Some of the fondest memories from my childhood involved the colder months of the year. There was Christmas, of course. Even better, though, were the snow days that got us out of school and allowed us to head out to a solid white landscape, smothered in fifteen layers of clothes, to throw snowballs and make snow cream and all the other fun stuff we do as kids.
We'd search for the largest icicles. They were usually hanging from the eaves of the house, and if they weren't long enough to grab with a hop off the ground, then it would take a precision-thrown baseball to knock them down. We used to eat them like Popsicles. (Side note: I had no idea Popsicle was a brand name and not the general name for any bar of ice on a stick. I got that red squiggly line under the word after I typed it, and I was like "Oh hell no, I did not misspell popsicle. Fight me, computer!" Turns out I didn't capitalize the word. That's why my computer judged me. Apparently the generic name I was looking for is "ice pops." I like Popsicle better, so that's what you're getting. Just like every carbonated beverage is a Coke, right?)
The past couple of years have not brought much snow. They have, on occasion, brought a type of cold that can cut straight through your jeans and turn your dangly bits to ice pops. It has the ability to glue your car doors shut, and will create stalactites of ice on the bumpers of your vehicles.
About a week ago one such cold snap swept through our neighborhood overnight and left a few icicles in its wake. It was a weekday and we had gone through our morning routine. The conclusion to that routine occurs when Nikki carries Abby to her SUV, and Logan walks along with them. I watch from the door's window until they're in the car. This morning my eyes found a large, dripping icicle hanging from the side of my car just as my family were heading down the steps. That's cool, I thought. Logan will see that and he'll think it's neat. He may pick it from the car. Maybe he'll drop it on the concrete and watch it shatter, or want to save it in the freezer, or taste it like I would have done (though that one's probably a little unsanitary). All acceptable responses.
That, however, was not Logan's response. As if on cue he saw the ice and made a dash for it. Nikki and Abby were ahead of him, heading toward the back seat to strap Abby into her car seat.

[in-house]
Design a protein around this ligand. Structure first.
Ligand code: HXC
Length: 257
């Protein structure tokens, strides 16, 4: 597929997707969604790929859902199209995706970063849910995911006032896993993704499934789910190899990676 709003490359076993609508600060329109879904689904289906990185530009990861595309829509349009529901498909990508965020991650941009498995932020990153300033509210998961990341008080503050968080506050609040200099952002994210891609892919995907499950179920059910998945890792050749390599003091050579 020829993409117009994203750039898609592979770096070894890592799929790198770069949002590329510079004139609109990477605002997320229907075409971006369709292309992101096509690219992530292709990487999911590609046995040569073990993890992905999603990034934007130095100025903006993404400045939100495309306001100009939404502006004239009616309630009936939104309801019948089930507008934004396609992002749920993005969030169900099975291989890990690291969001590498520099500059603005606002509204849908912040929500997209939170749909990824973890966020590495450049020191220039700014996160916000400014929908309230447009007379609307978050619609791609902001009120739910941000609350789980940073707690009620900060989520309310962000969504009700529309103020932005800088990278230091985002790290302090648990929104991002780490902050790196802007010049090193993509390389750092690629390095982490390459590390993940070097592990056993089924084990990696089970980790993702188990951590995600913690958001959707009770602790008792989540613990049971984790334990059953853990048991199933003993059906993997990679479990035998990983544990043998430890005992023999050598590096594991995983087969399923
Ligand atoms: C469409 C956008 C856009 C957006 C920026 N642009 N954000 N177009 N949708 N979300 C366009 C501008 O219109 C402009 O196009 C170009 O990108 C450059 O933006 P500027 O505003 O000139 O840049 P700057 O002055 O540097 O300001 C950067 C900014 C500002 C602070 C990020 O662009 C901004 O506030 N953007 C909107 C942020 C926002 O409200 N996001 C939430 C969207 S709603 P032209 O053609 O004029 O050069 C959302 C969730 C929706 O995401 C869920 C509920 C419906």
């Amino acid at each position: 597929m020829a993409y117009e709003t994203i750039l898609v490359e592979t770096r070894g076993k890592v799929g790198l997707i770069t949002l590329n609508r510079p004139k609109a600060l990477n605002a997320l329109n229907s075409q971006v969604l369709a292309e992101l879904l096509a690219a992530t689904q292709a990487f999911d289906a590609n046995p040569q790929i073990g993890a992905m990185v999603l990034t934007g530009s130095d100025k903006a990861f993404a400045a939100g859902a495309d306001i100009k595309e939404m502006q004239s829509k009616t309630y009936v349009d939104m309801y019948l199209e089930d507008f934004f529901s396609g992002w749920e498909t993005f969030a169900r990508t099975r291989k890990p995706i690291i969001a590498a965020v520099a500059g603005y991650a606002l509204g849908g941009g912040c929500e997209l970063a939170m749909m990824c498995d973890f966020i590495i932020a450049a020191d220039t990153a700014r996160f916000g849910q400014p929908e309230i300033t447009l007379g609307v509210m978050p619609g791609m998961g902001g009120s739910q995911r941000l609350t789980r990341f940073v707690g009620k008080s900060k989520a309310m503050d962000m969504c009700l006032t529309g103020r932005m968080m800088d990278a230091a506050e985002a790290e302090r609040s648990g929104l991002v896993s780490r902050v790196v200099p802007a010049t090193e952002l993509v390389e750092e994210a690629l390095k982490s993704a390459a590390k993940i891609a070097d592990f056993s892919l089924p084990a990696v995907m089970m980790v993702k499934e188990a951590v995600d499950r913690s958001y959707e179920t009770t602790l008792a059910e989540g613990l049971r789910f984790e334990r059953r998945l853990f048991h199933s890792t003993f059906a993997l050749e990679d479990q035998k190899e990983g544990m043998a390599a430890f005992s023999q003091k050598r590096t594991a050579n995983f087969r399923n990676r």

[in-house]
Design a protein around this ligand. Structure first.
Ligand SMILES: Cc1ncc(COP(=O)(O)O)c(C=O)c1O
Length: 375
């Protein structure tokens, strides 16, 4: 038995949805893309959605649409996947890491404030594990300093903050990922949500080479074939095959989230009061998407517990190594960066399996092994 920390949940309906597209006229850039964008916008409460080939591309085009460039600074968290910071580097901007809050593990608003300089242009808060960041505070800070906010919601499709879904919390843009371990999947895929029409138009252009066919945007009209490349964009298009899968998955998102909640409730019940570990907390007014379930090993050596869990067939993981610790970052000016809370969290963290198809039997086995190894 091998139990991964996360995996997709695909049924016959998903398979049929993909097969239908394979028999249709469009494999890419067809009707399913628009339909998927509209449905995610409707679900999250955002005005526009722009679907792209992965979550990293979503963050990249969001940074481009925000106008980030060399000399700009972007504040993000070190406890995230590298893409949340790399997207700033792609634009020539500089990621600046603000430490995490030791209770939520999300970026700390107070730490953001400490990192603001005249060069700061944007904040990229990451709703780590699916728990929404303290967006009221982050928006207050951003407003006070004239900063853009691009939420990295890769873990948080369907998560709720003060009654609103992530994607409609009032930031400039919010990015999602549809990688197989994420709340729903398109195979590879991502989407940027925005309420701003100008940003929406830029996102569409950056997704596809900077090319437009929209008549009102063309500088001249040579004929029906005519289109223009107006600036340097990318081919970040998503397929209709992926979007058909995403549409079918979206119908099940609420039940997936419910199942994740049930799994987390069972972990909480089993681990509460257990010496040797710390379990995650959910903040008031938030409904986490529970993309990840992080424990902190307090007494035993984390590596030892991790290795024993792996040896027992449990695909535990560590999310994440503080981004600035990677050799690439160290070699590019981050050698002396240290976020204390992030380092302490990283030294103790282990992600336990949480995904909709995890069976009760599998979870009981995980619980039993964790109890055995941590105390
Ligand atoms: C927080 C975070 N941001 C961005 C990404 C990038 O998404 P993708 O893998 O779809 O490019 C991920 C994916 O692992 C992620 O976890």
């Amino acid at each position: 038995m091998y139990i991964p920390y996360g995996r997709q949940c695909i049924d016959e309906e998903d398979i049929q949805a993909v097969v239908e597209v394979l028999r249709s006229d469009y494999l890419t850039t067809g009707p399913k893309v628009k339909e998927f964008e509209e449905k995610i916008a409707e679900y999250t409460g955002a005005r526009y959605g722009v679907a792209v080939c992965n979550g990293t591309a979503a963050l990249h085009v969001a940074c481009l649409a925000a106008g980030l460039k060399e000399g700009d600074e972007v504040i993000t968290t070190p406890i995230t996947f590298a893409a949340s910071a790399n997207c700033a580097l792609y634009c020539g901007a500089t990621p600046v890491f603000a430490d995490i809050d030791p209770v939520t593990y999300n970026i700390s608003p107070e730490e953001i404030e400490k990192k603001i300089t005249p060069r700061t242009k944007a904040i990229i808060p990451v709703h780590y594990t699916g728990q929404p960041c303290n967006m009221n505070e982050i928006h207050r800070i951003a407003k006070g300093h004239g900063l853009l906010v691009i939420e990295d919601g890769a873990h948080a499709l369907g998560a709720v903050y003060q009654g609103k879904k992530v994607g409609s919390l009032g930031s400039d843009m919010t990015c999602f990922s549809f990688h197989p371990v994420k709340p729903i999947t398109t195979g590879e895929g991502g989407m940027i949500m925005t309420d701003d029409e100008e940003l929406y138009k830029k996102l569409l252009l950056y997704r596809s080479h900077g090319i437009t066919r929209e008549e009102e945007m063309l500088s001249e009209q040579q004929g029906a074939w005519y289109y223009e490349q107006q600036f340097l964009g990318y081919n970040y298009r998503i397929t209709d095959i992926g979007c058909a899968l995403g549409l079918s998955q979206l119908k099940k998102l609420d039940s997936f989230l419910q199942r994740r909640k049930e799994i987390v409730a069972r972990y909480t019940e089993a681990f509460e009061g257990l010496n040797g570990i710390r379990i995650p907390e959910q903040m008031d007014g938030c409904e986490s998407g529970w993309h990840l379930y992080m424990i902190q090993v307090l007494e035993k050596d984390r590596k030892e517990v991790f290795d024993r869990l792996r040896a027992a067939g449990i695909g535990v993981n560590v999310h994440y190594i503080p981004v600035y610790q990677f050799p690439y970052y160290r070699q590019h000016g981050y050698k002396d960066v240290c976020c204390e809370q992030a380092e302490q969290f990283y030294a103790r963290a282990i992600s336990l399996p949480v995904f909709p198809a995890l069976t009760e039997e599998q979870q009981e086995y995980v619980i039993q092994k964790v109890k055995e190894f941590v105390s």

I'm not sure if it's a parent thing or just a human nature thing, but there are times when things go into slow motion, times when your mind has worked something out and is desperately trying to clue you into the fact that it knows some event is about to happen. Kind of like spidey-senses. Say, when your kid is about to fall off the couch or when a ball comes flying at your head, and you react first before you even really know what's going on. Your mind has slowed it down for you, to give you time to process it.
Logan stood up from beside my car, and without even seeing his face (he was smirking, I could tell that from the back of his head. Weird, huh?) I knew what he was about to do. His elbow cocked back and his free hand went forward as if he were a pitcher about to deliver a fastball. Spidey senses tingling, I was still behind a closed door.
All I could do was watch as he launched the icicle towards Nikki and Abby. It shattered on the concrete at Nikki's feet, causing her to jolt. She turned and admonished him, and Logan quickly apologized.
I think kids have a sort of anti-spidey-sense. If mine slows down to let me know something's wrong, Logan's seems to speed up. Don't worry about consequences, just throw the damn thing! his brain tells him. Get it done before you can think about it! He had no intentions of hurting anyone, of that I'm sure, but he didn't allow himself time to understand that he was throwing a pointy projectile at his mother and infant sister.
In the end, it really wasn't a big deal. Even if the icicle had hit them, the likelihood of an injury was maybe 0.01%. If there's any concern, it's that I need to work with him on his pitching arm if he ever wants to play baseball.
That throw needed work.
Thursday, February 27, 2020
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